A week on, we have a project!
We have 150 submissions with hope of at least the same number, if not more, on their way in the next eight days. We have stories pledged from Anita Heiss and Sue Moorcroft, along with interest from at least three other well known Aussie authors and several lesser known ones, from off the beaten mainstream track.
We have an amazing group of 20 volunteer readers who have braved a brand new submissions platform and all the glitches involved in getting to know how to use it effectively, who ploughed through a deluge of submissions in the first couple of days, as we were getting our heads around the new system. We have a brilliant core management team of Trevor, Maureen and David who cut through the bull shit, deal with problems which spring up, brain storm creative paths, and also know how to make you laugh and are just generally wonderful folk to work and chat with. We have a group of 10 editors on stand-by to work through the list of 100 stories in the first week of February, along with several dedicated proof readers.
We have Tehani Wessely ready to do the layout mid February and Russell B Farr working on the front cover. Both jobs I am so glad someone else is responsible for. We have a logo and website, designed and donated by Dale Challener Roe. We have Greg McQueen (yes, the man himself) committed to produce an eBook and Emma Newman, to assist in creating a podcast.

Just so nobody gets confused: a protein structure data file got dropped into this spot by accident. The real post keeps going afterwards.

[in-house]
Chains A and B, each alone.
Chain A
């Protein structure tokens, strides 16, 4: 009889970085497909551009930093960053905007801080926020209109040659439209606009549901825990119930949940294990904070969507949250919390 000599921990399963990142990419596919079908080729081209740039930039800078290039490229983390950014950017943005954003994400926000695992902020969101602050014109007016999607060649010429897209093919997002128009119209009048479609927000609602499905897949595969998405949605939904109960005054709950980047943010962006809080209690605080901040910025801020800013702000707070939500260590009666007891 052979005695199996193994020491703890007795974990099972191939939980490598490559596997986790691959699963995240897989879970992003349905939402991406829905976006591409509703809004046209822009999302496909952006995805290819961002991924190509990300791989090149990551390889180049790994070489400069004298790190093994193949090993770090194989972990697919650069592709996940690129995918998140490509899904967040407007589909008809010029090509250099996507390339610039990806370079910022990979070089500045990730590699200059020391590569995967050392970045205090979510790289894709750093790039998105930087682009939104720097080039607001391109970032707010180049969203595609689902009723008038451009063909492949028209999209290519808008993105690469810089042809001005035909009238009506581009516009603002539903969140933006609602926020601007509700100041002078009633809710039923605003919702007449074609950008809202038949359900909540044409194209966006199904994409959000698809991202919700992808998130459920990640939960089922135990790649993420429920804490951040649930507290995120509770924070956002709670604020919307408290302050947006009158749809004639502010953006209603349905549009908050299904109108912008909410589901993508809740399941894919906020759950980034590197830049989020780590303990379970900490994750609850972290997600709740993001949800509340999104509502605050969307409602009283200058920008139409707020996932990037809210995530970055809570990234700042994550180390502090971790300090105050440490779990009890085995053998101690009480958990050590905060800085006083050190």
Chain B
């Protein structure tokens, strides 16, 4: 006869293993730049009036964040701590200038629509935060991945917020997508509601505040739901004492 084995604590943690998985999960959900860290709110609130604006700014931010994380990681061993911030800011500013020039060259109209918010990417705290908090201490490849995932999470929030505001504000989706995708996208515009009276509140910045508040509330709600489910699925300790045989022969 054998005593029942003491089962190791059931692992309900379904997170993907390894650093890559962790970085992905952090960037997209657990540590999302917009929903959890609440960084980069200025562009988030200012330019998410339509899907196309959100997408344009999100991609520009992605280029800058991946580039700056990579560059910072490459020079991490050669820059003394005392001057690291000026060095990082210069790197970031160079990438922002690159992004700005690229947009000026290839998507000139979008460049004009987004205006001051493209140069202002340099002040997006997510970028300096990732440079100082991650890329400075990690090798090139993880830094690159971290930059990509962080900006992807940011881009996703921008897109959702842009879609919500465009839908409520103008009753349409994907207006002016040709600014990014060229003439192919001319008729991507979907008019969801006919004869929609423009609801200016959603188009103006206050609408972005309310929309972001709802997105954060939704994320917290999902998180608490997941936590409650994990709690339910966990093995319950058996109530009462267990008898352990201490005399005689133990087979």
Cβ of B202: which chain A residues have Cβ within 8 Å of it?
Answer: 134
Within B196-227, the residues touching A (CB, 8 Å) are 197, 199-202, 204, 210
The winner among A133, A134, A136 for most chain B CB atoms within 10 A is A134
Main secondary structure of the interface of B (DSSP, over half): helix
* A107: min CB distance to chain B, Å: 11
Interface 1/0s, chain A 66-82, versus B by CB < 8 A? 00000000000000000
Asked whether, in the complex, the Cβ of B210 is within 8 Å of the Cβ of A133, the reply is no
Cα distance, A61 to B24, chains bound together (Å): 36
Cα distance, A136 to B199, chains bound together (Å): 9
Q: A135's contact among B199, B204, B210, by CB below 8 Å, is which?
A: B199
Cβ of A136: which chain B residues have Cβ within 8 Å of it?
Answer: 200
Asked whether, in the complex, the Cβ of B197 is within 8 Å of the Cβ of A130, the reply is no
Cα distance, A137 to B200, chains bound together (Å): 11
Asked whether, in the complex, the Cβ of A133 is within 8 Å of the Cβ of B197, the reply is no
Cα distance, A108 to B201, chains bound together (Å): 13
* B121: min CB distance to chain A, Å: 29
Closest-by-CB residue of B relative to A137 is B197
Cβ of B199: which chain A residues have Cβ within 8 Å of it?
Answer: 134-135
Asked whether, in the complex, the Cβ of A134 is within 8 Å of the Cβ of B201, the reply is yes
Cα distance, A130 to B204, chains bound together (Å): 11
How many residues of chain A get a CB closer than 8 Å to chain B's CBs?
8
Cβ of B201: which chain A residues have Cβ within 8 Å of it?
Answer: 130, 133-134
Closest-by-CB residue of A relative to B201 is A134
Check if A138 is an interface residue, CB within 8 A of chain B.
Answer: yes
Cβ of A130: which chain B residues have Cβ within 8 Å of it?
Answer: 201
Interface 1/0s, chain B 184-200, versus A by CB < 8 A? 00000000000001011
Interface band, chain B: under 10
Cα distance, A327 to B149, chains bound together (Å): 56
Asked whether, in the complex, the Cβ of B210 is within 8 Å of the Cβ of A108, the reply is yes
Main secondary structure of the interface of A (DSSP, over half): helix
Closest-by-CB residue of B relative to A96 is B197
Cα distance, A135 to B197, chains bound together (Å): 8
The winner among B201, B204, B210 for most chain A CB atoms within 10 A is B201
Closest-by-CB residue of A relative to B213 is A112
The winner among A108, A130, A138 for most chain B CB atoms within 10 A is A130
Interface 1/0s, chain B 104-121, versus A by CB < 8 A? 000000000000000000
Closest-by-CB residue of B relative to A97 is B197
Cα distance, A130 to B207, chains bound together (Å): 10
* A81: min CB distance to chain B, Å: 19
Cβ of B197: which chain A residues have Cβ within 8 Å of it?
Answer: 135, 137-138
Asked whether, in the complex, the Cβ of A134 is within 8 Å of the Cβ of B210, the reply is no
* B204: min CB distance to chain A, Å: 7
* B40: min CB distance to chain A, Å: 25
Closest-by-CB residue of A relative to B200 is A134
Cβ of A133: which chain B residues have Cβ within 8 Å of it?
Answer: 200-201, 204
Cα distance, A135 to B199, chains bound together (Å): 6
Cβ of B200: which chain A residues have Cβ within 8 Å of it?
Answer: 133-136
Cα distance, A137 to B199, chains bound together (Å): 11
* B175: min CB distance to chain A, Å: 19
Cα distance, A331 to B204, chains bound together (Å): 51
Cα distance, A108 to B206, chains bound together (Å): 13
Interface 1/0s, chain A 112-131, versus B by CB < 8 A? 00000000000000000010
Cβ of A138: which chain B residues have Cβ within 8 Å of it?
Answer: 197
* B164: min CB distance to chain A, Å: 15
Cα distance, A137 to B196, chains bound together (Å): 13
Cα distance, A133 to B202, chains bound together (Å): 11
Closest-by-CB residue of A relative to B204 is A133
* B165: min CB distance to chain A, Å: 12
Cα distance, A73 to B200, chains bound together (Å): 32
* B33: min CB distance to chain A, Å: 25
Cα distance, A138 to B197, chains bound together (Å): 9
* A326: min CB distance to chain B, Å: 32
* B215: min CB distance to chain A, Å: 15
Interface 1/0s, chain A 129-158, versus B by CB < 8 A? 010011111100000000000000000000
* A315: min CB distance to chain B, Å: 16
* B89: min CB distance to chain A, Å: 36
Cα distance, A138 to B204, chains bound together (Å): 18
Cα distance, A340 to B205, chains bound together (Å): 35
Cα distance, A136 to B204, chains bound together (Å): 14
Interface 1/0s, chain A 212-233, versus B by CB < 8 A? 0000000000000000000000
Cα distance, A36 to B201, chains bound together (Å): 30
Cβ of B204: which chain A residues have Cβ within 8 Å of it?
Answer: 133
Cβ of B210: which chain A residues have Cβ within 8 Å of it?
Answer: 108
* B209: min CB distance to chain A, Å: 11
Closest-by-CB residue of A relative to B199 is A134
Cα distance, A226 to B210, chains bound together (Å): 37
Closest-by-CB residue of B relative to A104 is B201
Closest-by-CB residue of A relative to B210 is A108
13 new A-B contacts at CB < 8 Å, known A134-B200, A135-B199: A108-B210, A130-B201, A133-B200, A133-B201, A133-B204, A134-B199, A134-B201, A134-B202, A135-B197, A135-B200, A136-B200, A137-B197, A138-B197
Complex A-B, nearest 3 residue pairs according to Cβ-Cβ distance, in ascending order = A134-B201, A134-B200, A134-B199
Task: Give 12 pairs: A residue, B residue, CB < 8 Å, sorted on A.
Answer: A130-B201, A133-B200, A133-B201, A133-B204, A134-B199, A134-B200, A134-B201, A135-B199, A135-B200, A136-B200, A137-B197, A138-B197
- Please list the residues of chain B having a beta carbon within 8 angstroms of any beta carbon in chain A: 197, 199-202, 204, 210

All in all, more than 30 volunteers are attached to this project.
The project has reached across the world, and genres, appearing in blog posts from The Wheeler Centre in Melbourne to Apex Books in the US, and countless personal blogs. Not to mention the steady stream of messages on the #100storiesforqld Twitter hashtag and Facebook links and comments. And tonight Annie Evett and I did what will be the first, hopefully of many, radio interviews.
To date, this is everything and more than I hoped it would be when Trevor called us all together last Tuesday evening.
While the project has found its legs and the global writing community has pulled together, the water has risen and begun to fall leaving behind a trail of destruction, thick layers of mud, homes destroyed,businesses oblitereated, thousands of displaced persons and a rising death toll. As I write this, townships are still cut off, without food and some with compromised water supplies, relying on supply trucks and chopper drops. Families wait to hear about loved ones, as the SES and army go about the grisly task of locating and indentifying bodies in flood ravaged locales. And now, two years after the worst drought in a hundred years, the gathering of storms clouds and the distant rumble of thunder strikes a wave of anxiety rather than one of relief or hope for the coming of rain